Stakeholder Involvement in Senior Police Recruitment

Last week I was honoured to be part of the Stakeholder Panel in the recruitment process for the next Chief Constable of Lincolnshire Police. Whilst not a new idea, it is still a reasonably uncommon occurrence and therefore it is perhaps worthwhile noting my experience and observations. Our panel was made up of six members of the public, representing a variety of organisations. I do think the success of such a panel has much to thank for both the mix of members and the person running the day, who may be required to keep a firm check on direction. In the event, we were a rather professional panel and needed little steering. I suspect this is not always the case.

We had representatives of a variety of groups who work with the community and link or liaise with Lincolnshire Police. We also had a representative of the National Farmers Union and me, a Policing commentator – I’ll let you` imagine the look in each of the candidates’ eyes when I introduced myself as such! Our part of the process was set up as a round table discussion with panel members leading via pre submitted questions. We each asked questions pertinent to our own areas of interest. My questions were centred around Evidence Based Policing and Staff Welfare. Other questions centred around Elder Abuse and engagement of the elderly, Neighbourhood Watch , Volunteers, Rural Crime, work with disadvantaged communities and vulnerable groups. A representative from Lincoln University Student’s Union had been invited but couldn’t make it on the day, which was a pity both for our Panel and for the person who didn’t attend. I think we could have done with a younger perspective and the experience for them would have been valuable.

Whilst three of the four candidates were perhaps a little uncomfortable with the situation to begin with, almost everyone relaxed into it and the discussion time with each one was enjoyable, informative and/or illuminating. We certainly got a feel for the differences in each candidate in a much deeper way than I had expected and this is most definitely one of the strengths of conducting this type of panel as a less formal ‘conversation’. After each candidate, the panel collated their individual impressions which were passed on to the main interview panel. What really surprised me is how much we all agreed on given that we came from quite differing backgrounds and I would recommend the experience to anyone who may be offered the opportunity.

An issue I found several times was that I was the only person on the panel with current (or, I think, any) Policing knowledge and whilst this was probably a good thing in many ways, it did mean that I understood some things a candidate talked about whilst some of the panel did not, or they understood it in a different way. I will go so far as to say that two candidates suggested possible solutions to one panel member’s issue with plans that I knew were impossible, but the panel member could not have known. For this reason, the presence of some kind of Police experience seems valid and even desirable on a Stakeholder Panel. Expanding this thought, are Officers and Staff not stakeholders too? Perhaps a representative from the Staff Associations might have been a useful addition and would give people a feeling that they too have had at least some say in the new Leadership of their Force.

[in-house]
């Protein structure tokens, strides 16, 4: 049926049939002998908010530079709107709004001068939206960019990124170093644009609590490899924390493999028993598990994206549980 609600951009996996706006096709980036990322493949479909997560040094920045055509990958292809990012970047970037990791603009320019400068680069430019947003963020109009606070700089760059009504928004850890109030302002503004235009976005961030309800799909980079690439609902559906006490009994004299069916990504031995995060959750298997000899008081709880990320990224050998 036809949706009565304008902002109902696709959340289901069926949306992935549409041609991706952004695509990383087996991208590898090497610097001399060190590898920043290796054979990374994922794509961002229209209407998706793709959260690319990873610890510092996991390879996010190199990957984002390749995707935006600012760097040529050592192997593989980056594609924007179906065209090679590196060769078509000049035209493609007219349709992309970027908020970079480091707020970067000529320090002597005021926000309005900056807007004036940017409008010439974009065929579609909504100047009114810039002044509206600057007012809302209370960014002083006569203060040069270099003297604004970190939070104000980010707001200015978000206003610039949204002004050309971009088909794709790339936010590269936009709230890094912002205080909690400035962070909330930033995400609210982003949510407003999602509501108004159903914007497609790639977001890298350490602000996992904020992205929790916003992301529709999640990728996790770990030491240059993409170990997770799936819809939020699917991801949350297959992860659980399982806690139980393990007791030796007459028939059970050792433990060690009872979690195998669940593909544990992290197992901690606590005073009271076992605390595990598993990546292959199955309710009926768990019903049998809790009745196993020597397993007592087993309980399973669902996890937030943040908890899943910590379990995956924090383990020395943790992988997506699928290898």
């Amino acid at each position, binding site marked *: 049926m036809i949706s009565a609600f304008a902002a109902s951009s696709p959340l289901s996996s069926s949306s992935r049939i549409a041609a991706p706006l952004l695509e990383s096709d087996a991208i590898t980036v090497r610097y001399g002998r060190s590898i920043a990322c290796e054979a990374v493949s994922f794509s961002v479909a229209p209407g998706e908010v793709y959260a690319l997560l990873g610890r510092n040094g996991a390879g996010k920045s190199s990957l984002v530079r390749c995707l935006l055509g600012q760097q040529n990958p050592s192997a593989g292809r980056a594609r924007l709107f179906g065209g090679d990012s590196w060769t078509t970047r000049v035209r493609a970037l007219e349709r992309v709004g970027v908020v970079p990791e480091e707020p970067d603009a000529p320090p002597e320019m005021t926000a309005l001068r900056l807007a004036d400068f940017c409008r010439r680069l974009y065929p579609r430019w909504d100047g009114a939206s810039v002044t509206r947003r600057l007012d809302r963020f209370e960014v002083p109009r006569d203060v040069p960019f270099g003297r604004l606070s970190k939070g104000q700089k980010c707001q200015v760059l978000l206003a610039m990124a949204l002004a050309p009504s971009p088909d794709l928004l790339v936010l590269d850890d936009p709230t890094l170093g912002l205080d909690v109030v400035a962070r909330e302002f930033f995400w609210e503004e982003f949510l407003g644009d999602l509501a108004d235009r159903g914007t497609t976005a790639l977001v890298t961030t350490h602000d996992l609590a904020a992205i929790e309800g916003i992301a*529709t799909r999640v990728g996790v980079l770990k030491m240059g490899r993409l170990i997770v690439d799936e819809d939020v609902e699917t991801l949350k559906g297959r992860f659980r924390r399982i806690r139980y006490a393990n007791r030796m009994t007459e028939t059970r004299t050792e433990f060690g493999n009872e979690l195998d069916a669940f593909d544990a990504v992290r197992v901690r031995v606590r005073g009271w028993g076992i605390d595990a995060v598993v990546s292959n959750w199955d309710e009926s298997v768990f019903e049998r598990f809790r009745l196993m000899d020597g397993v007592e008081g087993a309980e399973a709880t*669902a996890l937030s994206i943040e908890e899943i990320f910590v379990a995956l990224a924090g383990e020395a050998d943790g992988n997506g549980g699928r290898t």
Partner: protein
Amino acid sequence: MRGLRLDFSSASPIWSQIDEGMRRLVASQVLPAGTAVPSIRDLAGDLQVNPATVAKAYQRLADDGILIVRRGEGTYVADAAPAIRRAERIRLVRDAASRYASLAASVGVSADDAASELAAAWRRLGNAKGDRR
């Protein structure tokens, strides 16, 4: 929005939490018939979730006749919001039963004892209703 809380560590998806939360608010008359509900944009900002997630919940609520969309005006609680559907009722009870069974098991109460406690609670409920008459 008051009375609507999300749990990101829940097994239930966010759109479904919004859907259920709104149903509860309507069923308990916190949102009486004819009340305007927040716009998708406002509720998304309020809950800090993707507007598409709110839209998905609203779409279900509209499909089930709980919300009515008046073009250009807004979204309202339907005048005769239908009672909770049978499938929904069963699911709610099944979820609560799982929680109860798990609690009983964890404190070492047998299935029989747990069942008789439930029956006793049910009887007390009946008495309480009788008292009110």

Today, Stephen Greenhaugh of MOPAC tweeted a thought on transparency and the current process to find a new Commissioner for the Met, suggesting a Hustings. I personally think this is a terrible idea as Police Leaders are not elected Politicians (we have PCCs for that) nor are they X Factor style wannabes who need to play for popularity. The public deserve the best person for the job, not necessarily the most charismatic or the one who says what they think they want to hear. After my experience, I would highly recommend the Stakeholder Panel to Mr Greenhaugh as an excellent way to bring the community in to the process whilst not parading candidates like lots at an auction.

Sitting on the panel was exhausting and the weight of responsibility was clear to each of us. We were not asked to sign anything ensuring the privacy of the participants but I think we should have been required to. Candidates must be able to have confidence in the process if we are to see the best of them. I positively advocate the use of such panels in top level recruitment in Public Services but I do think some framework to protect candidates should be in place. My own experience was a positive one largely because of the quality and variety of panel members and the professionalism of Kieran, the recruitment specialist who ran a tight ship and kept us on track more than once.

I’ve manage to write 800 or so words without saying a single thing about any of the candidates and this is how it must remain, except to acknowledge that Lincolnshire Police attracted some good candidates and that although I did not end the day in full agreement with the rest of the panel, I couldn’t fault any of them on their ability to disseminate the information before them. I was relieved that the final decision was to be made elsewhere and I must thank Lincolnshire PCC Marc Jones for giving me and the other panel members the opportunity to be part of something I hope will shape the next few years for Lincolnshire Police in a positive way. It was a very tiring, very enjoyable day that I was very proud to be a part of. Here’s to the future and more public participation.

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